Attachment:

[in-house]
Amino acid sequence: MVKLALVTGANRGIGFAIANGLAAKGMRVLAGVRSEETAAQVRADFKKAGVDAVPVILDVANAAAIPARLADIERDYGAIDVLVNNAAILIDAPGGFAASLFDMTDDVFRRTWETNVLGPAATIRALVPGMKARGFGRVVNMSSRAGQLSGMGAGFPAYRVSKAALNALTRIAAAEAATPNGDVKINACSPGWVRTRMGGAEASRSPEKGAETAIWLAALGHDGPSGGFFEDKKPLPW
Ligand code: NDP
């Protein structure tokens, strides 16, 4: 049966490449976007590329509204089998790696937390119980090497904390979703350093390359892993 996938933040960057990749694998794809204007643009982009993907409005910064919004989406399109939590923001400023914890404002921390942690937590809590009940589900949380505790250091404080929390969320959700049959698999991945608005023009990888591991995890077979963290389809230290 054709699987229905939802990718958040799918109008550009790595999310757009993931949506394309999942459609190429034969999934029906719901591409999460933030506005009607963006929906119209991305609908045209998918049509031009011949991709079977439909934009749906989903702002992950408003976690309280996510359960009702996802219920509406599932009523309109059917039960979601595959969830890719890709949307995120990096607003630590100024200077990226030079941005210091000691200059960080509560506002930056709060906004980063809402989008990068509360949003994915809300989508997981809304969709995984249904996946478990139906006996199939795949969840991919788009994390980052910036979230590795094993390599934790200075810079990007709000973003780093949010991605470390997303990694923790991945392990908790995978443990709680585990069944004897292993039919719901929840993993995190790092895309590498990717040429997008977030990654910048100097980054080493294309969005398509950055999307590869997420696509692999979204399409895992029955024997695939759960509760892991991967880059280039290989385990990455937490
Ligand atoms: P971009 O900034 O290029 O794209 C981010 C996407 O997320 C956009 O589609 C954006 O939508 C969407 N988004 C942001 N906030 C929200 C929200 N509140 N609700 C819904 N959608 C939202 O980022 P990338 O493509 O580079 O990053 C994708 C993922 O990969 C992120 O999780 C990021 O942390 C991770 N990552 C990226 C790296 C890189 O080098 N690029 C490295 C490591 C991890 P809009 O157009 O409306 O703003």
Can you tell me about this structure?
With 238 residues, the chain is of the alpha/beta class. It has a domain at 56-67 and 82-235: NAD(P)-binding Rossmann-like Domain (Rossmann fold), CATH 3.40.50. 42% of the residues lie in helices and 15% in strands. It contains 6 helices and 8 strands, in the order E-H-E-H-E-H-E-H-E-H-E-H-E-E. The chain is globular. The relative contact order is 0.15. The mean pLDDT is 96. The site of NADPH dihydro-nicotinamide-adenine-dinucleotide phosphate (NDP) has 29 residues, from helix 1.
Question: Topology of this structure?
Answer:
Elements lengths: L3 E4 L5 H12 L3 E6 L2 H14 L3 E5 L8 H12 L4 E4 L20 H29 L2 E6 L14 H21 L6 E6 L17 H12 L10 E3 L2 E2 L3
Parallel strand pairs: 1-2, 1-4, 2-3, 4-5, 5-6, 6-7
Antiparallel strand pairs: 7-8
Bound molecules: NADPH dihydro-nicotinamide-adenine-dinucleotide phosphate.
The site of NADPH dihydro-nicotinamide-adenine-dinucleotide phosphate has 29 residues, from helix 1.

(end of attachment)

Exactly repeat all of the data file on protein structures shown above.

[in-house]
Amino acid sequence: MVKLALVTGANRGIGFAIANGLAAKGMRVLAGVRSEETAAQVRADFKKAGVDAVPVILDVANAAAIPARLADIERDYGAIDVLVNNAAILIDAPGGFAASLFDMTDDVFRRTWETNVLGPAATIRALVPGMKARGFGRVVNMSSRAGQLSGMGAGFPAYRVSKAALNALTRIAAAEAATPNGDVKINACSPGWVRTRMGGAEASRSPEKGAETAIWLAALGHDGPSGGFFEDKKPLPW
Ligand code: NDP
């Protein structure tokens, strides 16, 4: 049966490449976007590329509204089998790696937390119980090497904390979703350093390359892993 996938933040960057990749694998794809204007643009982009993907409005910064919004989406399109939590923001400023914890404002921390942690937590809590009940589900949380505790250091404080929390969320959700049959698999991945608005023009990888591991995890077979963290389809230290 054709699987229905939802990718958040799918109008550009790595999310757009993931949506394309999942459609190429034969999934029906719901591409999460933030506005009607963006929906119209991305609908045209998918049509031009011949991709079977439909934009749906989903702002992950408003976690309280996510359960009702996802219920509406599932009523309109059917039960979601595959969830890719890709949307995120990096607003630590100024200077990226030079941005210091000691200059960080509560506002930056709060906004980063809402989008990068509360949003994915809300989508997981809304969709995984249904996946478990139906006996199939795949969840991919788009994390980052910036979230590795094993390599934790200075810079990007709000973003780093949010991605470390997303990694923790991945392990908790995978443990709680585990069944004897292993039919719901929840993993995190790092895309590498990717040429997008977030990654910048100097980054080493294309969005398509950055999307590869997420696509692999979204399409895992029955024997695939759960509760892991991967880059280039290989385990990455937490
Ligand atoms: P971009 O900034 O290029 O794209 C981010 C996407 O997320 C956009 O589609 C954006 O939508 C969407 N988004 C942001 N906030 C929200 C929200 N509140 N609700 C819904 N959608 C939202 O980022 P990338 O493509 O580079 O990053 C994708 C993922 O990969 C992120 O999780 C990021 O942390 C991770 N990552 C990226 C790296 C890189 O080098 N690029 C490295 C490591 C991890 P809009 O157009 O409306 O703003």
Can you tell me about this structure?
With 238 residues, the chain is of the alpha/beta class. It has a domain at 56-67 and 82-235: NAD(P)-binding Rossmann-like Domain (Rossmann fold), CATH 3.40.50. 42% of the residues lie in helices and 15% in strands. It contains 6 helices and 8 strands, in the order E-H-E-H-E-H-E-H-E-H-E-H-E-E. The chain is globular. The relative contact order is 0.15. The mean pLDDT is 96. The site of NADPH dihydro-nicotinamide-adenine-dinucleotide phosphate (NDP) has 29 residues, from helix 1.
Question: Topology of this structure?
Answer:
Elements lengths: L3 E4 L5 H12 L3 E6 L2 H14 L3 E5 L8 H12 L4 E4 L20 H29 L2 E6 L14 H21 L6 E6 L17 H12 L10 E3 L2 E2 L3
Parallel strand pairs: 1-2, 1-4, 2-3, 4-5, 5-6, 6-7
Antiparallel strand pairs: 7-8
Bound molecules: NADPH dihydro-nicotinamide-adenine-dinucleotide phosphate.
The site of NADPH dihydro-nicotinamide-adenine-dinucleotide phosphate has 29 residues, from helix 1.